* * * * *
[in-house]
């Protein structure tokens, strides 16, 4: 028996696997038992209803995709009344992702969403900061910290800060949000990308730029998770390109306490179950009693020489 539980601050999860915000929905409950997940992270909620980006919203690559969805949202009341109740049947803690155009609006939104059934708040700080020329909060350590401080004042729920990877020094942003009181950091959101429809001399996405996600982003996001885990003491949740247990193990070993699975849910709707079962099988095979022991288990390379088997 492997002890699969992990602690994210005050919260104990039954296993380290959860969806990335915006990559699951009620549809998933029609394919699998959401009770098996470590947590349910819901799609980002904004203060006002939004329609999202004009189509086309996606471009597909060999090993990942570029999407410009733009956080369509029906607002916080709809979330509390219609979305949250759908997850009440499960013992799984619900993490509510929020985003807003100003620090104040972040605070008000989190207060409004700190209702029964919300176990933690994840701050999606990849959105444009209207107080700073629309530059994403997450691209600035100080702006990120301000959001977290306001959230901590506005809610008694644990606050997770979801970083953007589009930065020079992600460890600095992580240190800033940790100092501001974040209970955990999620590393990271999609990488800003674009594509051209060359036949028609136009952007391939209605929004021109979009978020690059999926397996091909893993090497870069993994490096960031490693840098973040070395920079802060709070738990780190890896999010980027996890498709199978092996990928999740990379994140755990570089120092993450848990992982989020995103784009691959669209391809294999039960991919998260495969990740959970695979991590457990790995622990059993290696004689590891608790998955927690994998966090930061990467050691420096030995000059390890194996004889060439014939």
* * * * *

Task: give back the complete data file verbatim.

[in-house]
């Protein structure tokens, strides 16, 4: 028996696997038992209803995709009344992702969403900061910290800060949000990308730029998770390109306490179950009693020489 539980601050999860915000929905409950997940992270909620980006919203690559969805949202009341109740049947803690155009609006939104059934708040700080020329909060350590401080004042729920990877020094942003009181950091959101429809001399996405996600982003996001885990003491949740247990193990070993699975849910709707079962099988095979022991288990390379088997 492997002890699969992990602690994210005050919260104990039954296993380290959860969806990335915006990559699951009620549809998933029609394919699998959401009770098996470590947590349910819901799609980002904004203060006002939004329609999202004009189509086309996606471009597909060999090993990942570029999407410009733009956080369509029906607002916080709809979330509390219609979305949250759908997850009440499960013992799984619900993490509510929020985003807003100003620090104040972040605070008000989190207060409004700190209702029964919300176990933690994840701050999606990849959105444009209207107080700073629309530059994403997450691209600035100080702006990120301000959001977290306001959230901590506005809610008694644990606050997770979801970083953007589009930065020079992600460890600095992580240190800033940790100092501001974040209970955990999620590393990271999609990488800003674009594509051209060359036949028609136009952007391939209605929004021109979009978020690059999926397996091909893993090497870069993994490096960031490693840098973040070395920079802060709070738990780190890896999010980027996890498709199978092996990928999740990379994140755990570089120092993450848990992982989020995103784009691959669209391809294999039960991919998260495969990740959970695979991590457990790995622990059993290696004689590891608790998955927690994998966090930061990467050691420096030995000059390890194996004889060439014939």